You gotta’ love urban legends. They make life so much more interesting. The problem is that most of them turn out to be false. Urban legends show how easily we accept as true anything we have heard–as long as it makes an interesting story and explains something.
Another habit many of us have is repeating a word or phrase without ever thinking about what it actually means. I have heard of the “hat trick” in hockey all my life, but I never gave much thought to what one was. I have to admit, though that I’m not much of a hockey fan.
Still, when my wife asked me, I said–“uh, mmm, —- uh, I don’t know.” So I looked it up.
(A hat trick is when a player scores three goals in one game–the fans throw their hats on the ice in tribute; a natural hat trick is when the same player scores three goals in a row in one game with no one else scoring an intervening goal.)
There are various legends about the etymology and origins of the name and the custom. Some of them sounded a bit fishy, so I turned to the famous debunking site Snopes.com.
I didn’t find hat trick–but I did find an interesting article about a “hat” urban legend. The legend–which I admit, up until a few minutes ago, I believed–is that President Kennedy destroyed the men’s hat industry when he became the first president to show up for his inauguration hatless.
Snopes disproved this legend very easily and convincingly: The article showed photographs and quoted newspaper articles from the time that described the event. The photograph above is one of the many that show the president wearing his top hat on inauguration day. The photograph below shows him giving the speech, with his hat removed (as was the custom) just before speaking; it is visible on the seat behind him.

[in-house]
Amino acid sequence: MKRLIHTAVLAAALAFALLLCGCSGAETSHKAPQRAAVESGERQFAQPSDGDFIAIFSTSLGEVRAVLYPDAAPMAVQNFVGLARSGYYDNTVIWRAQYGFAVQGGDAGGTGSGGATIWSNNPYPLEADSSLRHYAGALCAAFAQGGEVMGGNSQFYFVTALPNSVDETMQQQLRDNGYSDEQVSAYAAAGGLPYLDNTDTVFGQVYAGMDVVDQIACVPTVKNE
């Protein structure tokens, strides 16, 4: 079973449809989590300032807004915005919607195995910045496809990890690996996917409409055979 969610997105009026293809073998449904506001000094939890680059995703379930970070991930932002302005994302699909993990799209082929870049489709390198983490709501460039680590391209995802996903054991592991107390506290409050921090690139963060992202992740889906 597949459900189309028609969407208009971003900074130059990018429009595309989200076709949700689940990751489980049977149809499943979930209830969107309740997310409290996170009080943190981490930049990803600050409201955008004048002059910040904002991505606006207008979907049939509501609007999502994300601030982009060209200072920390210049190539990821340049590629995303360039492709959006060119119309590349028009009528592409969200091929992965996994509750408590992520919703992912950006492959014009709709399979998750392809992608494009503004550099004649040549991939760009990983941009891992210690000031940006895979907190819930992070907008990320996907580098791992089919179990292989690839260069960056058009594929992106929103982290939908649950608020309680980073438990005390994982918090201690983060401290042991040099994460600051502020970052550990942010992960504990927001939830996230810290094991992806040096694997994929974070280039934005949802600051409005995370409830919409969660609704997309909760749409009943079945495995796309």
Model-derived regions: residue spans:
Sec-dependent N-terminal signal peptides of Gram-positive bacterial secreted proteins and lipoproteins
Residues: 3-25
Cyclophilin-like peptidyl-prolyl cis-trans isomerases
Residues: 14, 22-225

The Greek historian Thucydides complained at “how averse people are to taking pains” to research history to find out what really happened in the past. So Thucydides became the first “modern, objective, scientific” historian–or so we are told. Actually very few take the effort to check the facts of Thucydides history.
Jostein Gaarder, in the book Sophies World mentions that for over two-thousand years everyone excepted it as a proven fact, on the authority of Aristotle, that women have fewer teeth than men. Gaarder suggested, “Aristotle could have easily learned the truth by asking Mrs. Aristotle to open her mouth and counting her teeth.” Any reader of Aristotle could have done the same thing.
Without bothering to check on what Christians actually believe, there are a lot of people out there who give the definition of faith as “believing something for which there is absolutely no evidence.” That’s not what faith is, and I don’t know many believers who believe that’s what it is.